In 2006, the Gibby and Dripps racing team went back and, at Bonneville for the first time, set a new record in the E/STR “street roadster” class of 168 miles per hour. In 2007, they raised their own record to 173 miles per hour. That speed has been eclipsed since then, so year’s team agenda was clear — reclaim the record. If they did that, they also would surpass, for the first time, 200 miles per hour — the gold standard of land speed racing.
The Gibby and Dripps Ford was one of 368 cars competing at this year’s Speed Week. There also were 198 motorcycles on hand. It is as diverse a group of vehicles as you can imagine.
The vehicles vary from slick streamliners that look more like rockets than cars to sedans that would look at home in a shopping center parking lot. Running in scores of different classes, the fastest of them will exceed 400 miles per hour. The slowest will struggle to reach 75.
About 2,500 drivers and crew members accompanied the vehicles. Adding in the 2,000 or so spectators, race officials and media representatives suggests that the salt flats were well populated during the race.
Nothing could be farther from the truth. The “vast whiteness” of Bonneville, to use Dripps’s phrase, is so large that it dwarfed the human presence. It’s a truly disorienting landscape, something that challenges everyone who sets foot on it.
The first two days of Speed Week are devoted to “tech” inspection. Officials go over each car and motorcycle with a fine-toothed comb, looking for rules violations and, especially, making sure that all the required safety systems are in place.
The inspectors know what they’re doing. Some are experienced land speed racers, while others are automotive engineers and race car constructors. The Gibby and Dripps team quickly fixed the minor flaws that the inspectors found in the roadster, and the car was certified to race. It was a good sign. As Dripps said, simply “getting through the tech inspection is a huge accomplishment.”
Racing began at noon on Saturday, Aug. 13. Tension hangs in the air before any run, and it’s particularly heavy on the first day of the meet. No matter how carefully the team has prepared the car, there is always a worry that a small mechanical gremlin can spoil the run.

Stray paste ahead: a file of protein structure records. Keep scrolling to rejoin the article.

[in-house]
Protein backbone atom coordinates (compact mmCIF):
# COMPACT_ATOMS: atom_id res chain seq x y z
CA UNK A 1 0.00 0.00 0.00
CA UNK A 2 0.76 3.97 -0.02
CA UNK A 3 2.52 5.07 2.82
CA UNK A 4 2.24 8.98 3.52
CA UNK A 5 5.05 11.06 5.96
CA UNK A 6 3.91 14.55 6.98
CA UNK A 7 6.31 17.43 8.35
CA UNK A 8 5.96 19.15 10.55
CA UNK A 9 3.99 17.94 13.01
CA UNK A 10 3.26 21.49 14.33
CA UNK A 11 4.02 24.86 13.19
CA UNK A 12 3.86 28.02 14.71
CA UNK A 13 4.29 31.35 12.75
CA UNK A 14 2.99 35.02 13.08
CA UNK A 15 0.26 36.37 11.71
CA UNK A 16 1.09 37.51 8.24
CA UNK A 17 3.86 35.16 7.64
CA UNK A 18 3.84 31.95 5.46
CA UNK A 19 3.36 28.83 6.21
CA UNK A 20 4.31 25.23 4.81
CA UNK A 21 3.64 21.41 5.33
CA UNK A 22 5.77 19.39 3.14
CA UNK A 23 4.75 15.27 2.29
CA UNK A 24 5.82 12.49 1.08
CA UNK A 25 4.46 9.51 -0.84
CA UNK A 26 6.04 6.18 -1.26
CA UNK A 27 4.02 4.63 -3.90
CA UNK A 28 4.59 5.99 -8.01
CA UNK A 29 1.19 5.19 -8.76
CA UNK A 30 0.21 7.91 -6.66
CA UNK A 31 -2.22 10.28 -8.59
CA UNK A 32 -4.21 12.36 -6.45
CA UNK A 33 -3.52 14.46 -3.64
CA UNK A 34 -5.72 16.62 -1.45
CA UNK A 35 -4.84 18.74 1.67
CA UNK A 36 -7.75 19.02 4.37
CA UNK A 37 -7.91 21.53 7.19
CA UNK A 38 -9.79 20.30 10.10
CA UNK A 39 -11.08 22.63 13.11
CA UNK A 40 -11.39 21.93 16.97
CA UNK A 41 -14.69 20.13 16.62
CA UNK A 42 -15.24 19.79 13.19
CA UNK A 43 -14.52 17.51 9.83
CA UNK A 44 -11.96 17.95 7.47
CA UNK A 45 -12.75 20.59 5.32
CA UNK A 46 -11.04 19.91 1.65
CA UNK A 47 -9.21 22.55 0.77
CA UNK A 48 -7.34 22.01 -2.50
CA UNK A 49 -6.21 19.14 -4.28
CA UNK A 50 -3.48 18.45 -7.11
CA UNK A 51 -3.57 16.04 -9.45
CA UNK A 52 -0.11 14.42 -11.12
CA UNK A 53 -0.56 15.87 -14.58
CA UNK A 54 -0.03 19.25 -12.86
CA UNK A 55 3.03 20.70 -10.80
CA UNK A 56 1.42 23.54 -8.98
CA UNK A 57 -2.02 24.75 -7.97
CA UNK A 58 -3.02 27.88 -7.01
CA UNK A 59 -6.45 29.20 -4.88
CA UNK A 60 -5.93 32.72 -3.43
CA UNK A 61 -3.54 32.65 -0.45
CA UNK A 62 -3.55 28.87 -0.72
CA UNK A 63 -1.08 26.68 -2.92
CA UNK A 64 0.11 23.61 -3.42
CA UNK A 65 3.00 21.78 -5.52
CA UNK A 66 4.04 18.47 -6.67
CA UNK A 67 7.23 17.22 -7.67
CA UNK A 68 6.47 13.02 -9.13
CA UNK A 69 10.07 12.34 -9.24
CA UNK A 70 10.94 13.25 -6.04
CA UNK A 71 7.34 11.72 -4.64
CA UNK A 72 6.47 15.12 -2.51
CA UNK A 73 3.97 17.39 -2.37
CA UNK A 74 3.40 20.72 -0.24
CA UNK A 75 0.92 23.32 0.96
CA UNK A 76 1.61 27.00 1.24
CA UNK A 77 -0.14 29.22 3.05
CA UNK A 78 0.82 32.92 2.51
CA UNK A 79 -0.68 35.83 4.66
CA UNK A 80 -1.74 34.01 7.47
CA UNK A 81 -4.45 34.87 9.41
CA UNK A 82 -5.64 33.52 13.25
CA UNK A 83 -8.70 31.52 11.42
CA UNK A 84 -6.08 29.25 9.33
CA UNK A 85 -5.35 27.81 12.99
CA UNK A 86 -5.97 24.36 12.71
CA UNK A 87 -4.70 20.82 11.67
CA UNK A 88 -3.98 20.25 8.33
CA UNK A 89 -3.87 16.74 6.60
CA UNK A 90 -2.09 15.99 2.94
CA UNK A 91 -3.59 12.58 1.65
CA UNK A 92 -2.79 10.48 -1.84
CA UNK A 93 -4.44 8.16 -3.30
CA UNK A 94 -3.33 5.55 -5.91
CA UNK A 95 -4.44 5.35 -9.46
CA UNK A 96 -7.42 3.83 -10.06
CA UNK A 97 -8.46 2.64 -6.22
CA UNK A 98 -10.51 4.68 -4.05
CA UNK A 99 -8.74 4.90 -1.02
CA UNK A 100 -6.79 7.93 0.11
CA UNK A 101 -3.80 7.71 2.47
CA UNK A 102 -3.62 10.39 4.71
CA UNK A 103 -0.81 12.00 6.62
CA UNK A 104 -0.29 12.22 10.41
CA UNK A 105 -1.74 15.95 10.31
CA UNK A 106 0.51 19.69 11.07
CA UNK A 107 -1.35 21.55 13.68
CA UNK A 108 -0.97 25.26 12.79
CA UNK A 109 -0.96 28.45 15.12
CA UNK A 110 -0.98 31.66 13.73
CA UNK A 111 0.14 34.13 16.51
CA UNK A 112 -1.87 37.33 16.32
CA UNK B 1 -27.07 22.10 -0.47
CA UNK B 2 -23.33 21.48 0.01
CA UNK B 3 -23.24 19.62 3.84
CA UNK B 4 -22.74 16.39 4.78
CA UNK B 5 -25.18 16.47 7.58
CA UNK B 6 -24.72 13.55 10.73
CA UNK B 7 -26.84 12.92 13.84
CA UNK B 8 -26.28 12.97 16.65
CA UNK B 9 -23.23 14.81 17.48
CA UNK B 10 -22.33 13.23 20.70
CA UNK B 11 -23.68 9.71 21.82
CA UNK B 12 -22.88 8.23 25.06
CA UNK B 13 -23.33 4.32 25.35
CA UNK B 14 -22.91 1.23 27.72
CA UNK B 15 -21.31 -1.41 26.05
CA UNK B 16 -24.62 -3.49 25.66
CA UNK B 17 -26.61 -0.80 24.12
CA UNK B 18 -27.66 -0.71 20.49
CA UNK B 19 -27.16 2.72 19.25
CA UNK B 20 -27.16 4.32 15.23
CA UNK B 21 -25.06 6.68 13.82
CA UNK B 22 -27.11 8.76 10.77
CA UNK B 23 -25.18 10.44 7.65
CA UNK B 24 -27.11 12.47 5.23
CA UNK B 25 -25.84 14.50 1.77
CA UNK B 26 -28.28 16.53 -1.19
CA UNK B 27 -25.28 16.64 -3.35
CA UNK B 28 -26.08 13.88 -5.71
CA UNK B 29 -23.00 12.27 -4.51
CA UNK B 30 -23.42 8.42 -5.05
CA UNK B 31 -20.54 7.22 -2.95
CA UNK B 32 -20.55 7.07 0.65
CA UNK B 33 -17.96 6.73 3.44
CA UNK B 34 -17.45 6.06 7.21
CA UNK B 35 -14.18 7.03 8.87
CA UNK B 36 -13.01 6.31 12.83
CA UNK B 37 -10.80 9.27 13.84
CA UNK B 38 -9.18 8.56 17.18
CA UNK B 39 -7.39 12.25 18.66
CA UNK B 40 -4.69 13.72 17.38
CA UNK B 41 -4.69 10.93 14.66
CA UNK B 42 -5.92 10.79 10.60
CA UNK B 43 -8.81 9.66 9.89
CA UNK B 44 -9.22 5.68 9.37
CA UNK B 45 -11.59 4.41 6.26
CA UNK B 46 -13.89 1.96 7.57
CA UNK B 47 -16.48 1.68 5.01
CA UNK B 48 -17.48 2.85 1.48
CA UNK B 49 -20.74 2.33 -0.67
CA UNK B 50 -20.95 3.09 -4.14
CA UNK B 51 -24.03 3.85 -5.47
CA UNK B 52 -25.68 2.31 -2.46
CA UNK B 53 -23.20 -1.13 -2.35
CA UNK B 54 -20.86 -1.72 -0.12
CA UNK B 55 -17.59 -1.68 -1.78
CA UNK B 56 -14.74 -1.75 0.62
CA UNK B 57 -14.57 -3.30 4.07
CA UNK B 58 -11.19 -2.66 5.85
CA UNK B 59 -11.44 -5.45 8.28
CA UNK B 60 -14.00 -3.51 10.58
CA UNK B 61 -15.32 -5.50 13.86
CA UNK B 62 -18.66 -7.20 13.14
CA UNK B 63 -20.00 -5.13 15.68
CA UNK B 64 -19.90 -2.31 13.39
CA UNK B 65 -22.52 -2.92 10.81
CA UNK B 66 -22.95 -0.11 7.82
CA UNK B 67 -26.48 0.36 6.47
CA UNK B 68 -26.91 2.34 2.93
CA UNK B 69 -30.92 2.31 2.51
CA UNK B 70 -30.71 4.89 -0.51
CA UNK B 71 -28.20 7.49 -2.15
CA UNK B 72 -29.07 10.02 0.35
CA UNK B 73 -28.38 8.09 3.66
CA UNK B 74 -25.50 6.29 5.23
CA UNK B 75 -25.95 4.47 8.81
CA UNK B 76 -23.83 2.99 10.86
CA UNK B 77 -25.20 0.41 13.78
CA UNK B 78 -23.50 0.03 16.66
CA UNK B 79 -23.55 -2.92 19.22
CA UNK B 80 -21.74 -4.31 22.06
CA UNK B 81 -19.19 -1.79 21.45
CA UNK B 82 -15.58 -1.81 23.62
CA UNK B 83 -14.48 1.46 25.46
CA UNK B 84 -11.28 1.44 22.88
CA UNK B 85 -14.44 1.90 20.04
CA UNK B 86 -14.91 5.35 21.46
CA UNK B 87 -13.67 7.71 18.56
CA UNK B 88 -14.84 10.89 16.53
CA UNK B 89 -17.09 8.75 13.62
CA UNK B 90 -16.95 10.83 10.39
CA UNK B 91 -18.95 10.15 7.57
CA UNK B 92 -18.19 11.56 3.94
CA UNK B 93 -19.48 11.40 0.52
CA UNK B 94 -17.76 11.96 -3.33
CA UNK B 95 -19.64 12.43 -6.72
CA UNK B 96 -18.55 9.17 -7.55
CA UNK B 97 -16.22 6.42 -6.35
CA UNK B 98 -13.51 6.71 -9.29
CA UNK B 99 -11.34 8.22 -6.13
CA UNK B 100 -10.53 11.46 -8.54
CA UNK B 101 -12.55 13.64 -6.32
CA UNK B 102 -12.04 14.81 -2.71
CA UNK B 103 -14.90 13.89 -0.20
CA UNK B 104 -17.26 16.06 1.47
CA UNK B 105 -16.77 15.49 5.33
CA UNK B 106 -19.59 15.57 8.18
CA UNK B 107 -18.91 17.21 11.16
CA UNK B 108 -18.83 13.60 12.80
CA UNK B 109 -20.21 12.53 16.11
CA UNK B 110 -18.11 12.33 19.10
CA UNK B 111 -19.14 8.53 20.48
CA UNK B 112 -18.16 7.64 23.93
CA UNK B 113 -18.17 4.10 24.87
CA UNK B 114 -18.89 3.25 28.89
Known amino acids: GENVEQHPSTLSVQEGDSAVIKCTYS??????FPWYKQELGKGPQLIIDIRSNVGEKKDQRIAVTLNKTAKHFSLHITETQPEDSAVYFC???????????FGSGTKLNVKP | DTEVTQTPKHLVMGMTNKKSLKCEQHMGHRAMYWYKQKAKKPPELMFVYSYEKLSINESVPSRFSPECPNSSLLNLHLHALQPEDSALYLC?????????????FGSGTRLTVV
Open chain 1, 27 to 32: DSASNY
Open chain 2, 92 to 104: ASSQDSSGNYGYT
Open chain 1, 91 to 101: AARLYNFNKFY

More ominously, there’s the largely unspoken fear that something terrible can happen to a car and driver that are racing down the salt, at an unimaginable speed, on the fine edge of control. Bonneville has been its share of fatalities. The Southern California Timing Association’s rulebook doesn’t hesitate to spell out the risk — “Land Speed Racing is a dangerous sport. There is no such thing as a guaranteed safe high-speed run.”
One of those mechanical gremlins appeared on Dripps’s very first run. The roadster’s tachometer malfunctioned, giving Dripps a false reading while she was speeding down the course. Thinking that the car’s engine was turning over too fast, she backed off the accelerator early. The result was disappointing run at 186 miles per hour — much slower than the team had anticipated and nearly 20 miles per hour shy of the class record.
After returning to the pits and downloading the data that engine sensors store into her computer, Dripps identified the problem. It was an electrical glitch that was corrected easily.
Back on the course in the late afternoon, the car showed the sort of performance that the team hoped that it would. It passed through the last measured mile at 196 miles per hour and reached a top speed of a fraction more than 200 miles per hour. The pass wasn’t quick enough to qualify for a record attempt, and to be accepted as a 200-mph pass, the speed has to be achieved in the measured mile. But the car showed the team that it had the power to challenge the record.
Tomorrow, everyone was sure, would be their day.
On Sunday, however, the team rediscovered what it already knew — that there’s rarely a straight path to a land speed record.
Sometime during the run, a brake caliper broke its mount and began to drag on the rotor, slowing the car to 195 miles per hour. It was disappointing, but Dripps thought it was a good sign that the car could run that fast with a malfunctioning caliper. Once it was fixed, she was sure that the record would be in sight.
On Monday, the car, the team and the driver were ready to go for the record, but the salt and the weather were not. The salt had become hard and slick, making it difficult for cars and motorcycles to find the traction that they needed. In the late afternoon, a thunderstorm brought racing to halt.
Lucia Phinney, a team member and Dripps’s personal and professional partner, points out, “This is a nature-driven event.”